LONDON, Sept 19 (Reuters) - Colombia's top energy company Ecopetrol is targeting production of 1 million barrels of oil equivalent per day in 2015, a steep recovery over this year, clouded by rebel attacks on infrastructure and exploration failures.
Ecopetrol chief financial officer Magda Manosalva told a conference in London that while the primary focus would remain on Colombia, the company also planned to bid for fields in Mexico, which is opening up its energy sector.
"We see the internationalization as a chance to diversify," Manosalva said, adding that the firm would focus on available onshore fields.
Rebel group attacks pushed Ecopetrol's production to an average of 750,000 barrels of oil equivalent per day so far this year -- well below the nearly 1 million in 2013. The company is also working with the Colombian government to streamline exploration approvals that can take up to two years to receive.
Ecopetrol invests roughly 80 percent of its capital expenditure into exploration, said Manosalva, adding the number was unlikely to change in future years. She declined to say how much the firm would invest in 2015.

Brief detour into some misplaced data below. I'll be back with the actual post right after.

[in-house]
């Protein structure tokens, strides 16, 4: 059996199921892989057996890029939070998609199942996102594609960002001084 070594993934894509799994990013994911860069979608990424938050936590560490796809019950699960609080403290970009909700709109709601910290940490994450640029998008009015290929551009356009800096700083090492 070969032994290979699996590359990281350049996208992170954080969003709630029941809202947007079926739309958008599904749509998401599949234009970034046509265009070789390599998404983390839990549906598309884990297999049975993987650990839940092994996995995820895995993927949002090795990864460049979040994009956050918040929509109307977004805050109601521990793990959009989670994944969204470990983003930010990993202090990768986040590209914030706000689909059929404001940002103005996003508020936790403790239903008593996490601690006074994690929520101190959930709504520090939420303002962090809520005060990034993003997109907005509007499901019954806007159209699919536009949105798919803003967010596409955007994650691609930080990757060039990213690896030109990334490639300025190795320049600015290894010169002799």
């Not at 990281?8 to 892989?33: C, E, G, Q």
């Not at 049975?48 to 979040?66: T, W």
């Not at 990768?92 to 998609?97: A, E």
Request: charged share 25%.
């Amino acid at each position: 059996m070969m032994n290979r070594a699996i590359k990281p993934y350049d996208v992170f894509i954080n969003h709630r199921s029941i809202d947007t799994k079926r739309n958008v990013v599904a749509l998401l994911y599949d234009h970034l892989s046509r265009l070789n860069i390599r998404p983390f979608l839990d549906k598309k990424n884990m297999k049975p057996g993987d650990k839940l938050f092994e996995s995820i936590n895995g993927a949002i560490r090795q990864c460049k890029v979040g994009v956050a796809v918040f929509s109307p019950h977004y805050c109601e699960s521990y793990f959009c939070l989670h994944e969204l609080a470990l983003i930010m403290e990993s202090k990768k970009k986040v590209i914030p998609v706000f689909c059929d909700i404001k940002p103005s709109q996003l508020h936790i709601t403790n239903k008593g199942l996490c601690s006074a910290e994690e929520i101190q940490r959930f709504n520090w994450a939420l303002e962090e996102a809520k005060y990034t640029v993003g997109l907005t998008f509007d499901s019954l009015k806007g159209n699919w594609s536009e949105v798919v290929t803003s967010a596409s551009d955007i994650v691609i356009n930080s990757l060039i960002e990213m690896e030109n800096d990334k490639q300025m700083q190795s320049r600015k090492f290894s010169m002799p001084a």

"We have been investing most of our capital expenditures in exploration ... but we have not had a material discovery," she said.
Without new gas discoveries in particular, Manosalva said the company would "have a problem supplying new demand" by 2018.
She also said the new Cartagena refinery was on schedule for completion.
Toronto-listed oil producer Pacific Rubiales, whose production mostly originates from Columbia, told the same conference improved security was key to unlocking the country's oil potential.
"The better and the sooner we sign this peace agreement with FARC ... more areas will be freed up for exploration," said Jose Francisco Arata, president of Pacific Rubiales.
Though security has improved massively in the last 10 years due to increased military pressure on the leftist FARC and ELN guerrilla groups, the rebels have intensified bomb attacks on oil pipelines, with 259 attacks in 2013 alone.
"We need to increase investment for exploration. We have to reverse this trend ... 100 exploration wells is not enough. We should be drilling 400-500 exploration wells," said Arata. (Reporting by Libby George; Editing by Mark Potter)